Originals by Ouida: Ouida Davis has found a nice business niche in making customized garters
By Katie Scarvey
Did you know that fancy garters aren’t just for brides anymore?
These days, the frilly, snappable bits of fabric are a hot prom trend, and Ouida Davis of Salisbury has developed a nice business making the fancy accessories and selling them at her mother’s shop, Ruby’s.
Long a mainstay in downtown Salisbury, Ruby’s is now located at 3325 Bringle Ferry Road.
But Ouida’s garters have found their way far beyond Salisbury. Ouida now does a brisk wholesale business, shipping garters around the country to formalwear shops that can’t seem to keep them in stock.
The business, Originals by Ouida, didn’t happen overnight, of course.
Back in the mid 1980s, Miss Ruby’s ran out of blue garters ó and brides were clamoring for them. Miss Ruby’s suppliers were out, and there were no blue garters to be found.
Ouida decided to take matters in her own hands. She knew how to sew after all.
She says now that her initial garter efforts were probably on the crude side. The first ones she made did not feature French seams, but her mother, Ruby Goodman, soon set her straight on that.
“I’ve learned to listen to her over the years,” Ouida says.
And that’s how it all started, from a relatively small project designed to address a minor emergency, to a sophisticated home-based business that has cranked out thousands of customized garters in an amazing array of styles.
Sequins, zebra and cheetah prints, polka dots, school or team colors: Ouida can do it all. Lately, camouflage garters are becoming something of a rage.
Next year, it’s looking as though giraffe and snakeskin prints will be big, says Ouida, who is clearly not too thrilled about the snakeskin trend.
One of her biggest sellers has been the turquoise hologram sequin garter ó she’s made hundreds of those, she says. Turquoise is a hot color for prom dresses this year.
She recently received an order for a pasta garter, to be worn by a bride. She will somehow attach real pasta to it, she says ó and she’s looking forward to the challenge.
She’s done garters that feature motorcycles, chili peppers, dice ó if you can name a theme, Ouida has probably sewn a garter in keeping with it.
Ouida loves the variety, which keeps her job interesting. She estimates that this season she’s probably made 5,000 garters ó which is a lot of elastic, ribbon, sequins, feathers and charms.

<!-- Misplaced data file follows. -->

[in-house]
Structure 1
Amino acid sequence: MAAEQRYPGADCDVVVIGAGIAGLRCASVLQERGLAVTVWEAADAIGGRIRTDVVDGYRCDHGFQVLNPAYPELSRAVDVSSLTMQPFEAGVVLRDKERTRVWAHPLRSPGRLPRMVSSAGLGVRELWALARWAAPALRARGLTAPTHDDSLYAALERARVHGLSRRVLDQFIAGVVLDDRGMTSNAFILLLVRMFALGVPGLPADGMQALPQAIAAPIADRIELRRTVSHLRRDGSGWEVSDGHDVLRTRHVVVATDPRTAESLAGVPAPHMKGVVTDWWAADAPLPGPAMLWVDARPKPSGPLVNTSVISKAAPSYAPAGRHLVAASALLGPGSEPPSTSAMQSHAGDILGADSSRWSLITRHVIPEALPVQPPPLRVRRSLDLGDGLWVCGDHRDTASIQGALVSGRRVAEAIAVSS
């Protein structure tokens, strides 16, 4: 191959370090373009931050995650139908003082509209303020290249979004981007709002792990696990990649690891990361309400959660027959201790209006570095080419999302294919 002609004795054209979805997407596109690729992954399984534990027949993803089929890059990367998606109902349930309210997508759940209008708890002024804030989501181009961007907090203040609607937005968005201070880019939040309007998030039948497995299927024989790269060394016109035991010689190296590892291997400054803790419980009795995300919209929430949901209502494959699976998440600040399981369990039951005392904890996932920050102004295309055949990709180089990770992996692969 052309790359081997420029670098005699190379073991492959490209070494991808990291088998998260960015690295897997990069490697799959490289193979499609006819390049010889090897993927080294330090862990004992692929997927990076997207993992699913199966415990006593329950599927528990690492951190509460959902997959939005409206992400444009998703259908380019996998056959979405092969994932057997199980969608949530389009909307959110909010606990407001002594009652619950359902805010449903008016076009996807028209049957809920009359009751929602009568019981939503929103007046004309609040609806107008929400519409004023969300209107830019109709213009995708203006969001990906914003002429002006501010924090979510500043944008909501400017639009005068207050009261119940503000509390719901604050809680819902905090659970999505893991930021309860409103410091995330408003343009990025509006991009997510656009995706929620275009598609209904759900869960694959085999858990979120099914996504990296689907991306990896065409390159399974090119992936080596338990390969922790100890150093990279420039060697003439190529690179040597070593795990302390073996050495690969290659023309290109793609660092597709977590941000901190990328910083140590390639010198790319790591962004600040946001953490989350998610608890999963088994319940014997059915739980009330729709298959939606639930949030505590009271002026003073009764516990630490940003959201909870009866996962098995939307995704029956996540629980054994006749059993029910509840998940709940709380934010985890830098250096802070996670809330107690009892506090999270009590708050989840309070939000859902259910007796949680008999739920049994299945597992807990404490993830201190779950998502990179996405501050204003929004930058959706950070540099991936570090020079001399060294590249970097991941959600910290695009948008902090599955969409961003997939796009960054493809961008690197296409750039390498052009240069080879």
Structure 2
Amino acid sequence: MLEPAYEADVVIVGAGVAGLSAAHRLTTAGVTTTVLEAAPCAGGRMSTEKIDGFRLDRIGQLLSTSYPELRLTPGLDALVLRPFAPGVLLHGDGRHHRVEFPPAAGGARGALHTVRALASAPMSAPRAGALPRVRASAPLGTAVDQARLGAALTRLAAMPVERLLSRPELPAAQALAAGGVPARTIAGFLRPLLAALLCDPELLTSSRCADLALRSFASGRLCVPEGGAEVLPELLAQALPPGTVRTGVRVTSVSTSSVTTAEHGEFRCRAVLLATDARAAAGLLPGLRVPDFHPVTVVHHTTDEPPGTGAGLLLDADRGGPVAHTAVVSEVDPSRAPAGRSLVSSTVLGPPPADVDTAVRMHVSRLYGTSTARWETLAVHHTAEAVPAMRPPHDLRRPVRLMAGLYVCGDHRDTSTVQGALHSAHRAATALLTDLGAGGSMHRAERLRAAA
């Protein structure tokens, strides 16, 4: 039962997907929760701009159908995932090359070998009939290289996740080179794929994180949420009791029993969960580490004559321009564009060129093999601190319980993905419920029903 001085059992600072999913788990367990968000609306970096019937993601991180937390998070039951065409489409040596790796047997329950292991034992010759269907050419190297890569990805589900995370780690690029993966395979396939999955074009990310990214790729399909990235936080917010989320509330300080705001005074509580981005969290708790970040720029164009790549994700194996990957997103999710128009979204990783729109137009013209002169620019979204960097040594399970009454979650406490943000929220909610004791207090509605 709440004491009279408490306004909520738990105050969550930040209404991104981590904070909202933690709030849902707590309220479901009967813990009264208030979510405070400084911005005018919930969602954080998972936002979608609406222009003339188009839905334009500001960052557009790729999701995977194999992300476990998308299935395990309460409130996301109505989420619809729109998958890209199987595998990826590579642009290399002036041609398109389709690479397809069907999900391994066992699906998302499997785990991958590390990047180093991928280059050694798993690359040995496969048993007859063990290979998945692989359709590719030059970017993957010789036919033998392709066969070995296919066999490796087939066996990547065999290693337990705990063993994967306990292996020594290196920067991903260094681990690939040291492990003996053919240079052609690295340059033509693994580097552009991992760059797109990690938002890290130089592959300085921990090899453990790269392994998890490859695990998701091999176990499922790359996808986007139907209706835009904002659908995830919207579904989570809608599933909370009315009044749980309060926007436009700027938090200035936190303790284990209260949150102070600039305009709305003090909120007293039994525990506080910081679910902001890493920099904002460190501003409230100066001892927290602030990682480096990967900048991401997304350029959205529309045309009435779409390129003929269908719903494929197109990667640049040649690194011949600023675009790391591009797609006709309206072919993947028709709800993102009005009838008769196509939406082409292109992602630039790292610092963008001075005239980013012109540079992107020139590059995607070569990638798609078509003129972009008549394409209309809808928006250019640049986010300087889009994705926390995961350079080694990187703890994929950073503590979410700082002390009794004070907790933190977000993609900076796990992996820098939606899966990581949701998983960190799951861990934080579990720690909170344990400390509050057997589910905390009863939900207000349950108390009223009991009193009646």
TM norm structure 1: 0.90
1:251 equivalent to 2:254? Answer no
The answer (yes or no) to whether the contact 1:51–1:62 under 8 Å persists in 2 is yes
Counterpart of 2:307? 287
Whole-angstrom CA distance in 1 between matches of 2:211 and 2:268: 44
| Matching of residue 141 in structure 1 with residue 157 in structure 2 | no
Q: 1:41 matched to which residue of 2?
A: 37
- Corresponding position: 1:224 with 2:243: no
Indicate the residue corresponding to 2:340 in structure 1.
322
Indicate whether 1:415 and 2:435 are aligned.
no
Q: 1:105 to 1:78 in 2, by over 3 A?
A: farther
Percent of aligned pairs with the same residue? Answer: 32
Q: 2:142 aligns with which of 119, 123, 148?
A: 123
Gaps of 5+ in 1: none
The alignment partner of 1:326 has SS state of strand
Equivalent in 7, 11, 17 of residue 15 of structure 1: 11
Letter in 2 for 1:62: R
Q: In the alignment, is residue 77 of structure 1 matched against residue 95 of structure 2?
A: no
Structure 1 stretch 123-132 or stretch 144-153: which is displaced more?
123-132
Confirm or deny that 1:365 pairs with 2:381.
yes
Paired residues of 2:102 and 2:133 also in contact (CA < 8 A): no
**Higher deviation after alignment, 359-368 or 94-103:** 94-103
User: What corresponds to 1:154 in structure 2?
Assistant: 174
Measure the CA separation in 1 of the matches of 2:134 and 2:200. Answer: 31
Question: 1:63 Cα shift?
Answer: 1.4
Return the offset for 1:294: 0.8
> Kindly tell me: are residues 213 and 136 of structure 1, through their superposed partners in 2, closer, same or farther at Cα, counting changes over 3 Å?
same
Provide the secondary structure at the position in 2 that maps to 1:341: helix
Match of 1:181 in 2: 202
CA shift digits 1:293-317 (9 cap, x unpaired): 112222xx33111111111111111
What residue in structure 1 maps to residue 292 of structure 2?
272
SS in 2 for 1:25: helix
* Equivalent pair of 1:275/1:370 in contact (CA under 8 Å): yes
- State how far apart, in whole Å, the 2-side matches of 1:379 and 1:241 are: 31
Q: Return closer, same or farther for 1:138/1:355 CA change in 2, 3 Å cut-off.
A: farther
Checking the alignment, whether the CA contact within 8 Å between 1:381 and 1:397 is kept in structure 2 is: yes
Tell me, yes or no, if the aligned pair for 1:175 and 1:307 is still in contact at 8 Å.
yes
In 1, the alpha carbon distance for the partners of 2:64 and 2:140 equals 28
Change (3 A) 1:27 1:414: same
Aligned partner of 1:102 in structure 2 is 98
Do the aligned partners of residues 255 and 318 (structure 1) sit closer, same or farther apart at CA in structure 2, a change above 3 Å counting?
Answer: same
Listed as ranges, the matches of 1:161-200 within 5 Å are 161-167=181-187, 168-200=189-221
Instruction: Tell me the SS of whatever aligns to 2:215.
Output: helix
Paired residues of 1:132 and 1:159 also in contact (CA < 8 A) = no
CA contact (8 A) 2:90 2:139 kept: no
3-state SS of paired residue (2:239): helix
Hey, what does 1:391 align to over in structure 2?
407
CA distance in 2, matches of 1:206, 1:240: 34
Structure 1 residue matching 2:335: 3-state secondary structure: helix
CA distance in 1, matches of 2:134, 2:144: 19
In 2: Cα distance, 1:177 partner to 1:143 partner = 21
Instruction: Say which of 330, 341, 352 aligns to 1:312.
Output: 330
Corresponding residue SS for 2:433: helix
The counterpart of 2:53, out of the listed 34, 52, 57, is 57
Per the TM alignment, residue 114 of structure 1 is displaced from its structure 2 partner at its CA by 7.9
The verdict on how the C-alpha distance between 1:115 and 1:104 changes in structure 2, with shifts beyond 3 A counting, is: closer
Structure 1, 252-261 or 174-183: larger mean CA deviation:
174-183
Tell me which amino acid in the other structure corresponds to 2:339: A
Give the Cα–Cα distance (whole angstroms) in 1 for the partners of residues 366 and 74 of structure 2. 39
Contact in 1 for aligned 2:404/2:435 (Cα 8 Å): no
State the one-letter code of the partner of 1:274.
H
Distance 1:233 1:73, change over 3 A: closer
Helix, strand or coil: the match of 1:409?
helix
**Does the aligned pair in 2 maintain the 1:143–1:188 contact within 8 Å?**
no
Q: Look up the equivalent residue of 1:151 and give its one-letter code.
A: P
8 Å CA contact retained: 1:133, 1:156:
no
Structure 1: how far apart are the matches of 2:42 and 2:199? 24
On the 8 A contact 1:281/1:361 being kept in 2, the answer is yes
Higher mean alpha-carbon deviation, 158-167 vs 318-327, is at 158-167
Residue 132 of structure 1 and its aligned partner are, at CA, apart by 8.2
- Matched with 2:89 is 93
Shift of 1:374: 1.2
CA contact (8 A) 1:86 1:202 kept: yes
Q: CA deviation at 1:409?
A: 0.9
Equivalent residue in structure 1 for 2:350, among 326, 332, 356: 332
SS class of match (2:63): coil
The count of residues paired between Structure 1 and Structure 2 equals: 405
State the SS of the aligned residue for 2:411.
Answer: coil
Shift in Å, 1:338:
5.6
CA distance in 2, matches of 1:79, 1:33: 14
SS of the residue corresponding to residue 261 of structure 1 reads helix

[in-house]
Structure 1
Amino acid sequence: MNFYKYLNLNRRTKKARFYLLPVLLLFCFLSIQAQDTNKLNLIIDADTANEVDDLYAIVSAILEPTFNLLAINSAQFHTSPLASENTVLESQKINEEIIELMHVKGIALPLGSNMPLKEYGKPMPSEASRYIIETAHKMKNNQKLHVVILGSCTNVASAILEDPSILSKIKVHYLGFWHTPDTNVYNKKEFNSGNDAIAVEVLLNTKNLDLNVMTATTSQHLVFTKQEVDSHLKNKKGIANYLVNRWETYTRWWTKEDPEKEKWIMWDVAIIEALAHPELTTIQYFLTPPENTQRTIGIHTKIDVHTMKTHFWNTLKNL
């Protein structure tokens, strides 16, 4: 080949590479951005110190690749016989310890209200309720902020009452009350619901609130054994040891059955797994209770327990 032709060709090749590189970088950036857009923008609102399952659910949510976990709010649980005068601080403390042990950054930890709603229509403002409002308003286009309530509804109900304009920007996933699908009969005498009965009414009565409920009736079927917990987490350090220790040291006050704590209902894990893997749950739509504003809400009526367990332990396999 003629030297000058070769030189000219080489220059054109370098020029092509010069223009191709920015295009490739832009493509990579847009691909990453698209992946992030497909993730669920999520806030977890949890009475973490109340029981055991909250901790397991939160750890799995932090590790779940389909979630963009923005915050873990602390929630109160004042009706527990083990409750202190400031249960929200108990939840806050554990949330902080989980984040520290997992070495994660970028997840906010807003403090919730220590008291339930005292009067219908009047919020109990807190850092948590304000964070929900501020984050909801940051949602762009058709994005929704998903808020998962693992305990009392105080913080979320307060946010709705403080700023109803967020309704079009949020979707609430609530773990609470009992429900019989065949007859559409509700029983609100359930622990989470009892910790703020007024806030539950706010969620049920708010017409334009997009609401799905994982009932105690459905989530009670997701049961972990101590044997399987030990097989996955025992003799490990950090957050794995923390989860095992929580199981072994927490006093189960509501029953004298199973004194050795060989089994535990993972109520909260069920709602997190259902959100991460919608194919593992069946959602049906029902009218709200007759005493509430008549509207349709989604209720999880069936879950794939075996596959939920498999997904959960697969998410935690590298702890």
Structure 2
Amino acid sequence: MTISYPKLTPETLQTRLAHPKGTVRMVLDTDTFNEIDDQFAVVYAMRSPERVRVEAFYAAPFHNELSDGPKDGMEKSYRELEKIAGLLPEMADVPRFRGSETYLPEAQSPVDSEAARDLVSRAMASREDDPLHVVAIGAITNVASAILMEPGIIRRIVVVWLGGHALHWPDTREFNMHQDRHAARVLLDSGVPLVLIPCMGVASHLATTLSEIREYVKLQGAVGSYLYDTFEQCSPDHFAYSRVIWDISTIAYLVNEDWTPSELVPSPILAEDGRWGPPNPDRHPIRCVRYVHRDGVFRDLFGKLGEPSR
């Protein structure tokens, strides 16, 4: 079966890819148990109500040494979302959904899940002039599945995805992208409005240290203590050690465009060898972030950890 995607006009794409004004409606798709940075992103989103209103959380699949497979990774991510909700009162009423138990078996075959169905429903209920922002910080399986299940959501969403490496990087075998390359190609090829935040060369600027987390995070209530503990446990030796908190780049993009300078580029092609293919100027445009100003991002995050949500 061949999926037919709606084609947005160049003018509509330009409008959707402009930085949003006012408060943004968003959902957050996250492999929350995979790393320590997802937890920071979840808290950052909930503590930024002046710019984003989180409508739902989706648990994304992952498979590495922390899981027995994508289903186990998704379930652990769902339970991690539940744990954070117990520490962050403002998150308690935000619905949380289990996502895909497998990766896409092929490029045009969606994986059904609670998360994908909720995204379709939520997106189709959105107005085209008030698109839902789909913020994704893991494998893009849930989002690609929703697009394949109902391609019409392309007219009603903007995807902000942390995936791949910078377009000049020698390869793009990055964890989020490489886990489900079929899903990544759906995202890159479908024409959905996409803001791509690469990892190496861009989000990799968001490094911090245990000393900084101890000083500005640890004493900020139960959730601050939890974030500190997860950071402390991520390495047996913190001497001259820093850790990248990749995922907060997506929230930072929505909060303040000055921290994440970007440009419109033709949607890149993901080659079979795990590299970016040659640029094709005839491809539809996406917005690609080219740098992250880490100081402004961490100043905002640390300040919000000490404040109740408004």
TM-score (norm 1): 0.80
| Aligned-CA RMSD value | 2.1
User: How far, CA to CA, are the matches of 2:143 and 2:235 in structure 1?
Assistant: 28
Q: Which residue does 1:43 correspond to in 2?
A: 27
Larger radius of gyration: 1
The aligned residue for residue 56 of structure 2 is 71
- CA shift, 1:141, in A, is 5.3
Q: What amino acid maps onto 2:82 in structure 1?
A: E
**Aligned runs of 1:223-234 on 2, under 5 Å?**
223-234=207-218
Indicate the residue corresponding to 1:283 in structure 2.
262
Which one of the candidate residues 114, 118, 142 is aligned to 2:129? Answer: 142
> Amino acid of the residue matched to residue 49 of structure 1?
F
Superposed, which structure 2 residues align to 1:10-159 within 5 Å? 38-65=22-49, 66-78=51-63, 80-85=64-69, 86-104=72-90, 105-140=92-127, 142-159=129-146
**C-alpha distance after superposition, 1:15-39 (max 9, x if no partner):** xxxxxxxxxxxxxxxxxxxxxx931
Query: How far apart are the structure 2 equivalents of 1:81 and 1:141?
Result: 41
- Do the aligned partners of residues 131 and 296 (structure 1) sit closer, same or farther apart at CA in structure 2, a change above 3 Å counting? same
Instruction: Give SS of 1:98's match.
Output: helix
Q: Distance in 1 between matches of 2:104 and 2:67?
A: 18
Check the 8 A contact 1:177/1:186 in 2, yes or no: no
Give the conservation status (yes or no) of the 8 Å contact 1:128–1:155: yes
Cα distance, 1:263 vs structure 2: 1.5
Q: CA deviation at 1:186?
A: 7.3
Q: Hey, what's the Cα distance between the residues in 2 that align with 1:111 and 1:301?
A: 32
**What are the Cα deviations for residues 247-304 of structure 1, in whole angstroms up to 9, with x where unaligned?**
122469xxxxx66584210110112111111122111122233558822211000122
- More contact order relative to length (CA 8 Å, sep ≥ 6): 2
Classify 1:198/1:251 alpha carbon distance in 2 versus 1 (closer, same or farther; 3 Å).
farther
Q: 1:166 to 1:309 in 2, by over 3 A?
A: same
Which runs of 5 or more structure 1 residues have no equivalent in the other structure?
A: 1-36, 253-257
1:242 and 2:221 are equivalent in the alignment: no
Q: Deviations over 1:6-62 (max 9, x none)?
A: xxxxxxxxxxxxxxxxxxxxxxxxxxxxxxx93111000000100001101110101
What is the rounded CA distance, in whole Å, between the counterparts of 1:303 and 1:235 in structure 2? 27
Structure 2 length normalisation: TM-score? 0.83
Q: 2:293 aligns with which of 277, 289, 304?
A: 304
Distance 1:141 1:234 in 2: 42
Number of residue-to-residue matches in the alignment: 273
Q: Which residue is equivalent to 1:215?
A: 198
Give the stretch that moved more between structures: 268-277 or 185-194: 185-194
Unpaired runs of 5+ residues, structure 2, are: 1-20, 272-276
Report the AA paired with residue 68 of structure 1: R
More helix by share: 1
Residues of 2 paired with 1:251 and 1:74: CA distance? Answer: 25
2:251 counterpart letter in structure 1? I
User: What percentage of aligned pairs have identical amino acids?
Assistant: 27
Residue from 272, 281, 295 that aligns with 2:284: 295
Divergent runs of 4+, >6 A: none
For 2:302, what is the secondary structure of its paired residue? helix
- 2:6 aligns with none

The business works well with her lifestyle. She can work from home and still care for her two young granddaughters, ages 2 and 4.
She does have some assistance; daughter Amy Durham helps her do invoicing and labeling. Her cousin, Robin Arey helps out as well and Ouida’s aunt, Cheryl Kluttz, also helps as needed.
Selling wholesale is much different from selling retail, Ouida says. It can get crazy when you’re pushing to get the next order out, she says, and she does work long hours when she has orders pending.
Ouida’s busiest time is from January to May. After Mother’s Day, she can generally relax a bit ó but not too long, because there’s always next season to prepare for.
Although it doesn’t take a huge amount of time to make a garter ó about 30 minutes, there are many steps in the process, she says, from fielding customer telephone calls to neatly packaging the garter to shipping the completed orders. Everything is done from scratch. Ouida even has a printing machine so that she can customize the ribbon, with the name of the wedding or prom couple, for example.
She isn’t sure that any schools in Rowan County do it, but many schools around the country have a prom garter ceremony, in which the girls line up in a circle on the dance floor, exposing their garter-adorned legs.
They then remove the garter and their escort pins it on his jacket.
Some girls actually buy two, Ouida says, so they can give one to their date to keep.
“You see a lot of them on rear view mirrors,” she says
Garters are generally one size fits most, but she does make some plus-sized garters and does not charge extra for them. Ouida markets her garters at shows around the country. This year, the Chicago Bridal Market was a good one, she says. You’d think that things would be slowing down this year, with prom season already in full swing, but Ouida say she’s continuing to ship garters out.
And she’s even getting orders for next season ó one shop has already ordered 45 dozen.
“It makes me feel good when (a customer) calls back and says, ‘Send me more,’ ” she says.
Ruby’s sells garters for about $12. Customized garters fetch a bit more.
Ouida says that some retailers charge as much as $19.95 for her garters.
Ouida says she’s not really doing anything that anybody who can sew couldn’t do, but she seems to have gotten garter-making and selling down to a science ó while maintaining an artful touch.
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To check out Ouida’s garters online, go to www.obogarters.com.
For more information, call 704-279-5657.
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